Blurring the Line Between iPhone Web and Native Apps

Today, Rogue Amoeba took the opportunity to be among the first developers to express their gratitude—or rather, their sarcasm—towards Steve Jobs for unveiling what they referred to as a complete and terrific iPhone SDK this afternoon, which in reality, did not materialize as expected.

As evident from the flurry of comments that followed, it’s clear that Mac developers are less than pleased. Up to now, the only option for iPhone development involves honing skills in AJAX, Javascript, and Ruby on Rails.

Jobs’ announcement at the keynote that developers would be limited to running web-based applications on the iPhone has only served to deepen the divide, with OS X developers expressing a preference for creating native applications over web apps.

Further discussion in the Rogue Amoeba thread by a commenter named Joe highlighted a shift in perspective: web apps are increasingly being recognized as legitimate applications. This notion is further supported by Apple’s release of Safari for Windows, suggesting that the future of cross-platform compatibility might indeed lie within the browser.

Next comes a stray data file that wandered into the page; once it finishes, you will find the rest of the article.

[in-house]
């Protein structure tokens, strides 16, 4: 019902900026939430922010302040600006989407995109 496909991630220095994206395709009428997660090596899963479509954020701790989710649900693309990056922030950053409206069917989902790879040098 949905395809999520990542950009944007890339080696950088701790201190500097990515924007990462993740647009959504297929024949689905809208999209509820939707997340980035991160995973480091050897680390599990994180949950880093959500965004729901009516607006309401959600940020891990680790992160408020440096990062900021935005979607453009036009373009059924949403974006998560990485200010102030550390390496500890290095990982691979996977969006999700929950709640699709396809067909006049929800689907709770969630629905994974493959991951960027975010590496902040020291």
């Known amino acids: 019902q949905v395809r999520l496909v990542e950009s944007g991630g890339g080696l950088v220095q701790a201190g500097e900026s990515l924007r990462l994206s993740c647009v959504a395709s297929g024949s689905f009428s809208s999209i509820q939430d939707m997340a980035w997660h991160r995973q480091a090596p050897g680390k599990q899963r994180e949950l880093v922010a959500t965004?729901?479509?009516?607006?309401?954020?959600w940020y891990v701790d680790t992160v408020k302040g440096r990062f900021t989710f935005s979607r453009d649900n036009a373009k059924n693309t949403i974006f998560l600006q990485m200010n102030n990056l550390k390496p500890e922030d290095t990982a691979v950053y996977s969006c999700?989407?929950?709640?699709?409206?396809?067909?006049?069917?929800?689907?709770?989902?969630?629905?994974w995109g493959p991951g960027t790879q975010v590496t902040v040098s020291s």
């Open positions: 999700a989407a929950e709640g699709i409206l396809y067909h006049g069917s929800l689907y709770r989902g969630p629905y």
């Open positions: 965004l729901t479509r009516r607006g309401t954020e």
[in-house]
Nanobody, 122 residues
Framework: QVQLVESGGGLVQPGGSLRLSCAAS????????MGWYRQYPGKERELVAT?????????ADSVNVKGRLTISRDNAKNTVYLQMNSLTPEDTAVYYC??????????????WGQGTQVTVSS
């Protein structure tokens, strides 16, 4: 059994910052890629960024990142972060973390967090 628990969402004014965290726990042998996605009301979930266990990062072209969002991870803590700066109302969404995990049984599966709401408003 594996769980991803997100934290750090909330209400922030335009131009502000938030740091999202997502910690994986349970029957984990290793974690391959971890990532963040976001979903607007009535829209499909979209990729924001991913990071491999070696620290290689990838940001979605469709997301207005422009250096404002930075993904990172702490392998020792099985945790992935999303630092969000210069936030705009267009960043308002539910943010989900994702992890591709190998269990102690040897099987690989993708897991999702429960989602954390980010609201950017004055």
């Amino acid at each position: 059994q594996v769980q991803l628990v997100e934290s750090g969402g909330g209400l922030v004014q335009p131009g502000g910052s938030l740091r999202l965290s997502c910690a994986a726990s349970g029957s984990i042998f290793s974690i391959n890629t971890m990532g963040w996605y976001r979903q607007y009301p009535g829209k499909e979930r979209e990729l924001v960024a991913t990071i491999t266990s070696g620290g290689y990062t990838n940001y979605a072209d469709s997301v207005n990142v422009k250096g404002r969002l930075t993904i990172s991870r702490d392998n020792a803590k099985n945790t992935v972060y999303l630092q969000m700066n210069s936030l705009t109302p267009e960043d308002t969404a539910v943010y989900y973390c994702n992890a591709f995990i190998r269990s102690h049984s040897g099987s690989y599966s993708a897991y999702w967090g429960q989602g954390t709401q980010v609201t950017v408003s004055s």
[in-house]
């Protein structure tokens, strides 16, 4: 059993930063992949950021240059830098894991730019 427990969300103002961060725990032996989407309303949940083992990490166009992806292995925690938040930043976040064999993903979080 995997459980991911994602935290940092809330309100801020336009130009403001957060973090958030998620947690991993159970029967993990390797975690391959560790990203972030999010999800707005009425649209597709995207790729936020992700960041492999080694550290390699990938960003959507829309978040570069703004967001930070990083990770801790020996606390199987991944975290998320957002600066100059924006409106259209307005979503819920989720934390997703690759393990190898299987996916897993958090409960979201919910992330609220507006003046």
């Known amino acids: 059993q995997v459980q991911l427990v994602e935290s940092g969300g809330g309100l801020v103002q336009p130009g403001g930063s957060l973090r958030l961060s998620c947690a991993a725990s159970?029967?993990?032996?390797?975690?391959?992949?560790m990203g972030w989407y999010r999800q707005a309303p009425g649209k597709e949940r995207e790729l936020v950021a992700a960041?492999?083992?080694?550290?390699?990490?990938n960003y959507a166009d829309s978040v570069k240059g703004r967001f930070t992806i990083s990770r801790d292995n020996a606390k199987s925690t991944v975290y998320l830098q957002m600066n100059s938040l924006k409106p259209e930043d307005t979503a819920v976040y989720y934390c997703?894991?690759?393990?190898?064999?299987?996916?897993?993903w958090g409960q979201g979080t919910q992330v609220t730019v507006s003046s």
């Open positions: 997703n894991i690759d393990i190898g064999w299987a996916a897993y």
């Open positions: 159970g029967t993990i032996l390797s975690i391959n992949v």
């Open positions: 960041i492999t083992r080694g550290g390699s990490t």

This development is a boon for web developers, who suddenly find themselves as the new official iPhone developers.

However, this approach is not without its drawbacks. Mac developers who are keen on crafting applications for the iPhone might find themselves revisiting their old Javascript books.

Scott

Brian is a dedicated writer for TUAW, where he shares his insights and expertise on all things Apple. With a deep love for technology, Brian covers a wide range of topics, from the latest iPhone and iPad releases to the intricacies of macOS and Apple Watch features. His clear and engaging writing style makes complex tech topics accessible to all readers. Brian’s enthusiasm for Apple products shines through in every article he writes.